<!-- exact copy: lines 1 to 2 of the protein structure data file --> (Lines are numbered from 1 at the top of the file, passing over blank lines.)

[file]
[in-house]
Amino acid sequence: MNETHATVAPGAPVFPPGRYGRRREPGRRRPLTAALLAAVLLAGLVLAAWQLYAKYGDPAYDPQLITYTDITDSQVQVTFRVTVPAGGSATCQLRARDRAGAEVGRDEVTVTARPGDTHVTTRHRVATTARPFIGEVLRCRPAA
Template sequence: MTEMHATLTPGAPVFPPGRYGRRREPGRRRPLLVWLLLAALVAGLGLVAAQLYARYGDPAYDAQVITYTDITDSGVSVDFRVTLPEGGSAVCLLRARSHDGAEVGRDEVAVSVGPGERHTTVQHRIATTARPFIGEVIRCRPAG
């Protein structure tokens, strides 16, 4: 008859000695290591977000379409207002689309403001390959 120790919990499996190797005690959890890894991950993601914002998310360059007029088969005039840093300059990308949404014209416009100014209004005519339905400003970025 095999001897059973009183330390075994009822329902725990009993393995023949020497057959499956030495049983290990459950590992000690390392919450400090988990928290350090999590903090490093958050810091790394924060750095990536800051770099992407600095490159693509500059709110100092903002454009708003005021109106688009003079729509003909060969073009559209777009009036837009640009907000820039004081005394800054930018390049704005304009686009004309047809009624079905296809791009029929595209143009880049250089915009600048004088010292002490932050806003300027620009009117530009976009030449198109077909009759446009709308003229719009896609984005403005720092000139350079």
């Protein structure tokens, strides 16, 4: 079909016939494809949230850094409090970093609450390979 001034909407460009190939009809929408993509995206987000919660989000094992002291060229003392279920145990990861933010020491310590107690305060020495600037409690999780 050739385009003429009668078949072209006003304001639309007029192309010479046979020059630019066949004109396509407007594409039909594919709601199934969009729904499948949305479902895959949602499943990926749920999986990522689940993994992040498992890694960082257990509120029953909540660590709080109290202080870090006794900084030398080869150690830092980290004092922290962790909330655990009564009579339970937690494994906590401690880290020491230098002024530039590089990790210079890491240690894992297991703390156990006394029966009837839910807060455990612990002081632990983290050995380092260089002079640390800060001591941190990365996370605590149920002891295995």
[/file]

[in-house]
Amino acid sequence: MNETHATVAPGAPVFPPGRYGRRREPGRRRPLTAALLAAVLLAGLVLAAWQLYAKYGDPAYDPQLITYTDITDSQVQVTFRVTVPAGGSATCQLRARDRAGAEVGRDEVTVTARPGDTHVTTRHRVATTARPFIGEVLRCRPAA